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Multi-column Index vs One index for each column

Flag
Flag Member Posts: 15
edited Sep 10, 2012 2:34PM in General Database Discussions
Hello everyone,
i have one table about 20 000 000 rows, some developers have to generate reports on it and i want to create indexes on this table.
The table has 34 columns, no primary key, no unique keys.
The "where..." clause of the reports usually use 8 columns but some reports uses 8 + some other columns.
can any one help me on what kind of indexes do i have to create?
1. one index for each column used in "where clause"
2. one index for 8 columns and some other indexes for other used columns
3. one index for all columns
or something else etc...

br flag
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Answers

  • Marco V.
    Marco V. Member Posts: 547
    I will start with one index for column.
  • Marco V.
    Marco V. Member Posts: 547
    Next thing is to get information about selectivity on those columns, the running query scripts and the expected response time of the reports...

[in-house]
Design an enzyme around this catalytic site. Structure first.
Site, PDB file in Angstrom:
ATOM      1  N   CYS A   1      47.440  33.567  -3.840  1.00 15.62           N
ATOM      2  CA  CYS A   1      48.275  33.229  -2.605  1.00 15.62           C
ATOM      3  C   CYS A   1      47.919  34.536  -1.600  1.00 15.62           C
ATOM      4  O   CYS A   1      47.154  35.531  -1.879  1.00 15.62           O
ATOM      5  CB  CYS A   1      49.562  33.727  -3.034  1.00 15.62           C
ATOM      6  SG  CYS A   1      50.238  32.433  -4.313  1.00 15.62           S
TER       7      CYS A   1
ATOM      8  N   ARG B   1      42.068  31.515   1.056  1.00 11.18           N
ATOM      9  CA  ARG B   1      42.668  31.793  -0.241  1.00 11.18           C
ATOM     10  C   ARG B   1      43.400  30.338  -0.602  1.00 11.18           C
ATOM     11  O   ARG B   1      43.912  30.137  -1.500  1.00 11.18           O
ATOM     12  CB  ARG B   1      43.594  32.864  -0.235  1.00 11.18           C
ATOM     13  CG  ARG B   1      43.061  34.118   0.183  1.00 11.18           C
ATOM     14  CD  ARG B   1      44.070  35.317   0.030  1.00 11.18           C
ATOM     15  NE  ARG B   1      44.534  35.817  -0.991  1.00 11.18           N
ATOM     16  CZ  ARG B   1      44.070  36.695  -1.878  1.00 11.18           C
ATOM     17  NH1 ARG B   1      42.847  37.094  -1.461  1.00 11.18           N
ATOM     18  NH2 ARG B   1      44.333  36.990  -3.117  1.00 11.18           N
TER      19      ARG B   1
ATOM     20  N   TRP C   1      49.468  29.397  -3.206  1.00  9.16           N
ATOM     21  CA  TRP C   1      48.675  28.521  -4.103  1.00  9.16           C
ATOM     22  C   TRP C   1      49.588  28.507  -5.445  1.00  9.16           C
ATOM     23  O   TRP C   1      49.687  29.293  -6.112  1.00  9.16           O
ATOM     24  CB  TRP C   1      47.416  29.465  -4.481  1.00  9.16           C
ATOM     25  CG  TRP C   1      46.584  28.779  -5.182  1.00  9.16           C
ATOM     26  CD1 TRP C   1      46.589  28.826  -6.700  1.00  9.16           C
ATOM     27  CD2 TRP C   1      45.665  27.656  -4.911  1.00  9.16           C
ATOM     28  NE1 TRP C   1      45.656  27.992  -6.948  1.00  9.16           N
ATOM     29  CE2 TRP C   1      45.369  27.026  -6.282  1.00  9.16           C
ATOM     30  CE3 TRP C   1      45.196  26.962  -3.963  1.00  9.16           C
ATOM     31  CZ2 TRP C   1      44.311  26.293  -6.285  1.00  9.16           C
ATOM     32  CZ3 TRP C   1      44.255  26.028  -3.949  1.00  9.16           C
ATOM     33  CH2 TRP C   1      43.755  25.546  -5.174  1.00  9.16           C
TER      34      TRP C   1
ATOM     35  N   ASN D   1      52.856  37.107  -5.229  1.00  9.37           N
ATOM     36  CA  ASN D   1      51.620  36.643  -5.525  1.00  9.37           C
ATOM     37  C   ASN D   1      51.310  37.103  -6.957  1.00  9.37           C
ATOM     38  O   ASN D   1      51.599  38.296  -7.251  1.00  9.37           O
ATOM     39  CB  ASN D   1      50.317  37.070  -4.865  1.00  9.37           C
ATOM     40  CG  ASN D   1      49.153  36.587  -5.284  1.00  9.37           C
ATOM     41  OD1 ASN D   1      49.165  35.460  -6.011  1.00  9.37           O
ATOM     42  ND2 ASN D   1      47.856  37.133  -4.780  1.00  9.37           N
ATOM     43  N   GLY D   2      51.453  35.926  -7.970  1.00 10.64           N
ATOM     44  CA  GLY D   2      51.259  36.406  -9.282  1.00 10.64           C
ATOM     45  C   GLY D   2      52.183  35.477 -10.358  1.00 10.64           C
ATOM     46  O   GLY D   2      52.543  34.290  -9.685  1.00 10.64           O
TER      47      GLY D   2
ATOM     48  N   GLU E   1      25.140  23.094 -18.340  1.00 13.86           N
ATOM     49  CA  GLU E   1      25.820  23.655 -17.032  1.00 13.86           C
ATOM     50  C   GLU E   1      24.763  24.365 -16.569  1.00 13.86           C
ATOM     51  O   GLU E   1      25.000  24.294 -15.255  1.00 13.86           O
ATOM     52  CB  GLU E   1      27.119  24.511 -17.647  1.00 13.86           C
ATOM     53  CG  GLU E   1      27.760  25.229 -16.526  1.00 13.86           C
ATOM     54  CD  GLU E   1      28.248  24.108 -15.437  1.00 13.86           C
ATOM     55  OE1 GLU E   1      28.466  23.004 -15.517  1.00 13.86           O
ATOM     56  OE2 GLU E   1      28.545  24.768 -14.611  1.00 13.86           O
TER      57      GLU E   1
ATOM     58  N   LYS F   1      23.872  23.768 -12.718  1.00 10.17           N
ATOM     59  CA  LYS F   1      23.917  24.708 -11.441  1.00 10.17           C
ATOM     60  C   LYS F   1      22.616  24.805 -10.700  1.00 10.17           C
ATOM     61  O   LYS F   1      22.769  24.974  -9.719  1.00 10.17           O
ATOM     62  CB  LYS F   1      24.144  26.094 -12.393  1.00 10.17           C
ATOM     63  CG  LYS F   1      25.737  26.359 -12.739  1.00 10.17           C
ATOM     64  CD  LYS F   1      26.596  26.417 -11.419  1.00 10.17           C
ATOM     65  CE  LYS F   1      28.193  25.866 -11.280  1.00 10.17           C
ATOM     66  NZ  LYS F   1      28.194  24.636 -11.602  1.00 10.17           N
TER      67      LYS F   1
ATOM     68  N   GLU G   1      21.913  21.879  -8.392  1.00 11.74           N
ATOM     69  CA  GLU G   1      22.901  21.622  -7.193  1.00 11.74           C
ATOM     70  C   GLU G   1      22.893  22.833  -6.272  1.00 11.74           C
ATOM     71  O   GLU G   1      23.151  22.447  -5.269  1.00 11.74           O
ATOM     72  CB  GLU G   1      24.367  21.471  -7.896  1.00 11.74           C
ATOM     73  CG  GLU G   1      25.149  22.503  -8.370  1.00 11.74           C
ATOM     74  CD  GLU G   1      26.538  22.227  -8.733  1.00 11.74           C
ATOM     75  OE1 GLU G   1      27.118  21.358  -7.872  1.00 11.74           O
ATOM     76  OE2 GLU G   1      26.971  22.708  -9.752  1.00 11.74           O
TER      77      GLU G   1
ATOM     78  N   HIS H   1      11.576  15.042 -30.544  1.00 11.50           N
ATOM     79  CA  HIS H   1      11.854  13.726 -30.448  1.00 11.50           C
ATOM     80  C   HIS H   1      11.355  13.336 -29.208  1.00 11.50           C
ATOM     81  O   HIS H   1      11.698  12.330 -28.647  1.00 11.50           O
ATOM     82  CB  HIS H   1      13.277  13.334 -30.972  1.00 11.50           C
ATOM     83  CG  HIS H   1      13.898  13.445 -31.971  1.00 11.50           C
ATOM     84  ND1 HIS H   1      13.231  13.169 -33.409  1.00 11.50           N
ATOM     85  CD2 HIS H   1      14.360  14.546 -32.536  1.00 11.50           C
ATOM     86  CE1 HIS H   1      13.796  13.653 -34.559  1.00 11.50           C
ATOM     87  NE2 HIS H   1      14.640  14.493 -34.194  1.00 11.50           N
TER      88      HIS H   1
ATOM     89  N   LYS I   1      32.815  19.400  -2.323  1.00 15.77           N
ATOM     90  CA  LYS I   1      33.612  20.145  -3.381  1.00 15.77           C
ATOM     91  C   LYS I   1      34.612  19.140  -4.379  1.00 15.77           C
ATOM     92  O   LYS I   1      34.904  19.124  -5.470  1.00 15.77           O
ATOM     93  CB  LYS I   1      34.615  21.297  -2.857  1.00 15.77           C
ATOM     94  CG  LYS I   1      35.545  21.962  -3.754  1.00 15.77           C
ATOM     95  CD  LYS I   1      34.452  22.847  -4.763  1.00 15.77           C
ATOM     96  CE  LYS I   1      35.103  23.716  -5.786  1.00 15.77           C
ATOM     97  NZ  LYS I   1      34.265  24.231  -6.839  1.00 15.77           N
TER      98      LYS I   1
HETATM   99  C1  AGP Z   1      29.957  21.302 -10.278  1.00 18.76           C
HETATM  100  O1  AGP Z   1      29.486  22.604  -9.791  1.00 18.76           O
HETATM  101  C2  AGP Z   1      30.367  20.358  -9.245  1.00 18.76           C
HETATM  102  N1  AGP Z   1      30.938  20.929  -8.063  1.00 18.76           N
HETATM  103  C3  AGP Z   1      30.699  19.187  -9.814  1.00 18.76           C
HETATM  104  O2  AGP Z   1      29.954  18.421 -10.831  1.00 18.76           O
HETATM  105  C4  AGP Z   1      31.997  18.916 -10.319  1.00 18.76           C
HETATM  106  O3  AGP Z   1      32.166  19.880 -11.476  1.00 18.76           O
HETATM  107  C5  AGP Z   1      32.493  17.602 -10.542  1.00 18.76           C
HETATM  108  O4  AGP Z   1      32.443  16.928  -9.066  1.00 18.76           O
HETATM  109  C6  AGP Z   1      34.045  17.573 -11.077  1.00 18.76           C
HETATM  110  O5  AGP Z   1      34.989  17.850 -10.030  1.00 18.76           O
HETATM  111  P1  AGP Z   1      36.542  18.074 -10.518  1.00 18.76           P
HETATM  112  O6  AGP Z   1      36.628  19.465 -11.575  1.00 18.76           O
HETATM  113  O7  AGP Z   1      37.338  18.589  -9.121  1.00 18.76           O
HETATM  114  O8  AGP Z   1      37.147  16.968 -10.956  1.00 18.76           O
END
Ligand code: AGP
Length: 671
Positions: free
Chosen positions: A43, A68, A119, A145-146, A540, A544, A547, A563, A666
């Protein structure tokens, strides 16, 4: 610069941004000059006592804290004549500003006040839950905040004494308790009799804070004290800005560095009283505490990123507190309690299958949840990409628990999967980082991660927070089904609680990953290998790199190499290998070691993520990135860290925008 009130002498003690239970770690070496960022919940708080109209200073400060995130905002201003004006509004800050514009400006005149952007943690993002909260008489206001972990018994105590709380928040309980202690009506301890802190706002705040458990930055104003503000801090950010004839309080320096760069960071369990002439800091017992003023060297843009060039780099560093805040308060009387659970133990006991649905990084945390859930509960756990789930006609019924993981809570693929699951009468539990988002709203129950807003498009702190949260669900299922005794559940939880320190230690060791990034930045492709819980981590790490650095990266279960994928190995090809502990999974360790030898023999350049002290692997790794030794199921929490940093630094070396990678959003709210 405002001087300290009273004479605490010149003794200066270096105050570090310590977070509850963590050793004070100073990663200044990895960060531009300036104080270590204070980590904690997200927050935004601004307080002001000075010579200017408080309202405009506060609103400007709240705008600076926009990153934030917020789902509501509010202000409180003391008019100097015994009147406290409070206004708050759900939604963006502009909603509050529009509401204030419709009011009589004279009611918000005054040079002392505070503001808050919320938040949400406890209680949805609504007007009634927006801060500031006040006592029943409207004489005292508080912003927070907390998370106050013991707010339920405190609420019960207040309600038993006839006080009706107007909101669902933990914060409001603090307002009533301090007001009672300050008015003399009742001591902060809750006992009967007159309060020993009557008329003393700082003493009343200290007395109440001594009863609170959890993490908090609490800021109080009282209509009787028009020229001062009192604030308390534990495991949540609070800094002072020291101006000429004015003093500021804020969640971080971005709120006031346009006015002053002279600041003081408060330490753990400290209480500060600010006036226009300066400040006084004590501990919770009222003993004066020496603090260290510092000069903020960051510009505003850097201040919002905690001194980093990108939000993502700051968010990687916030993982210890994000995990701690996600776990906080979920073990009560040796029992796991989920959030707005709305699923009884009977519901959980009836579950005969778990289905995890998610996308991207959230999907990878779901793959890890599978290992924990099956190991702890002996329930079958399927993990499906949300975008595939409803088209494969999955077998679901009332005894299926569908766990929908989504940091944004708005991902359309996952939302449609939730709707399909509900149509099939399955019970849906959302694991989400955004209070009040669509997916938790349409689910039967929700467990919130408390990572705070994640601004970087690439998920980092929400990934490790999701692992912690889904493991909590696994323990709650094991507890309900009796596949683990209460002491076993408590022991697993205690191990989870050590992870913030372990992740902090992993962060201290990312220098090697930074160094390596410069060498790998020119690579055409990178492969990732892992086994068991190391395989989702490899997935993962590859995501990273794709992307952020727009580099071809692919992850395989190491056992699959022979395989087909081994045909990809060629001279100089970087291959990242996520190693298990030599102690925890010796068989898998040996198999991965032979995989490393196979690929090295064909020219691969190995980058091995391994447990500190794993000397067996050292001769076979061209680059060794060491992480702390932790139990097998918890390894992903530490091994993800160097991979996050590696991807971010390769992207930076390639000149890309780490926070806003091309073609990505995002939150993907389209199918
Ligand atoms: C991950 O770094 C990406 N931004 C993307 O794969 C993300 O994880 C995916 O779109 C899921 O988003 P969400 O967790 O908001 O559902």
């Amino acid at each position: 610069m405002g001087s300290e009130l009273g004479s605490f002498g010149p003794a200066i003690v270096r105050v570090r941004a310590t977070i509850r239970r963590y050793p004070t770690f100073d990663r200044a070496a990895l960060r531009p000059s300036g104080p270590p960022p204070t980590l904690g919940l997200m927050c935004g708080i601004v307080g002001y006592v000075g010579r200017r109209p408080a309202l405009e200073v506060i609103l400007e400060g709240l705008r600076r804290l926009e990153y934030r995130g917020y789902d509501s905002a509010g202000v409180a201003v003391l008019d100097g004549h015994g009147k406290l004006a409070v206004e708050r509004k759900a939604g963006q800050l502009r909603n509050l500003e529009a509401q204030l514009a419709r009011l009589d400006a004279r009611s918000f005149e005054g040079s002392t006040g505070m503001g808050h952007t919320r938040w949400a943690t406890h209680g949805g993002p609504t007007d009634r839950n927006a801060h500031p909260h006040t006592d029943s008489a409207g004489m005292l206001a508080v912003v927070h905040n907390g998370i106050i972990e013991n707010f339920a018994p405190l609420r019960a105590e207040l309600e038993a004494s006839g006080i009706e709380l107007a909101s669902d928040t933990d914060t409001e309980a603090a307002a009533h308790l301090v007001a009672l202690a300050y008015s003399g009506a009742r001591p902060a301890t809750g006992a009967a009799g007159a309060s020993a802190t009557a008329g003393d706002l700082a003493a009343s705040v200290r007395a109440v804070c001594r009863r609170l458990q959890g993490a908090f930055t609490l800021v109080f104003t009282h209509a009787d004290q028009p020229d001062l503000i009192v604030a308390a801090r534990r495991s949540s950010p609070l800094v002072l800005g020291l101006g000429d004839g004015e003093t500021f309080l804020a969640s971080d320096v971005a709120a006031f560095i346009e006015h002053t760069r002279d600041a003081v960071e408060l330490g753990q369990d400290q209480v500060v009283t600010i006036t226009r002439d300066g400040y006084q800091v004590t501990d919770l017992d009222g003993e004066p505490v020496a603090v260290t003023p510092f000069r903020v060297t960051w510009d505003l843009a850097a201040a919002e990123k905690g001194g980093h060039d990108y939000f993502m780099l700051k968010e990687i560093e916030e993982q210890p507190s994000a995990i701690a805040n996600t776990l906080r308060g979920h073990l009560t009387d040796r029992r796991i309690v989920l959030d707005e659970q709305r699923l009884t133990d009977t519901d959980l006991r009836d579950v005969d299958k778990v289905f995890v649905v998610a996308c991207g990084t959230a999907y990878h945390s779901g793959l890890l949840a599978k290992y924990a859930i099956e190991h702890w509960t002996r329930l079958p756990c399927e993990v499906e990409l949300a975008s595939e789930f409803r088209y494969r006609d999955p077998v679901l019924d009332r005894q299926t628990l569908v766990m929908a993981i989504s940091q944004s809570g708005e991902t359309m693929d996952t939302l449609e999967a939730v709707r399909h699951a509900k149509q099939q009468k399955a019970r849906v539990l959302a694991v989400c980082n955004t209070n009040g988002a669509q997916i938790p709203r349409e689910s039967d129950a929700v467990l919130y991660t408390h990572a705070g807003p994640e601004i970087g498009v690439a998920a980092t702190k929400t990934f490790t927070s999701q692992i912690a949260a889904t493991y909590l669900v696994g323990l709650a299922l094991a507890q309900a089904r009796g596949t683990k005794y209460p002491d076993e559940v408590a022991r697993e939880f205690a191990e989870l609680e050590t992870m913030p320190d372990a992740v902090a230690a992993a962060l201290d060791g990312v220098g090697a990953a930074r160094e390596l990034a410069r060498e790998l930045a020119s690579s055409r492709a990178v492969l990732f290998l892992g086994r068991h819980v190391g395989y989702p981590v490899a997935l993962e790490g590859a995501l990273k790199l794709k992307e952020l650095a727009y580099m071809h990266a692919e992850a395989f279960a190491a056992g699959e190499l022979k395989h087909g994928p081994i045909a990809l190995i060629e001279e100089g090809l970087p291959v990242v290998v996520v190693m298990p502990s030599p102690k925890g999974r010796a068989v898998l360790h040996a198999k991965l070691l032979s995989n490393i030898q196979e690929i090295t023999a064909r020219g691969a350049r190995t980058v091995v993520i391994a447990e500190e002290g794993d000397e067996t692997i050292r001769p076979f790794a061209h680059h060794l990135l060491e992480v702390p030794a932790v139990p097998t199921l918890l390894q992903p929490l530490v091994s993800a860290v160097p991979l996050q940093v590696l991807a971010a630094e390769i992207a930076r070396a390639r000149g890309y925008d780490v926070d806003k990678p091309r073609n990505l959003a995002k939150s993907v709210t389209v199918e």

• 713555
    713555 Member Posts: 824
    marcopb wrote:
    I will start with one index for column.
    agreed. Start with one column.

    you may want to revisit database design if you dont have a PK. however, working with what you have, you have a query that uses a column. index just that column. if you have another query that uses 10 columns, and each column needs an index, index the 10 columns.

    Its very much milage may vary depending on the query.
  • Flag
    Flag Member Posts: 15
    you mean to create about 14 indxes(Number of columns used in where clause). i thought it might be a better way, because first 8 columns are used almost in every query.
  • Mohamed Houri
    Mohamed Houri Member Posts: 1,210 Bronze Trophy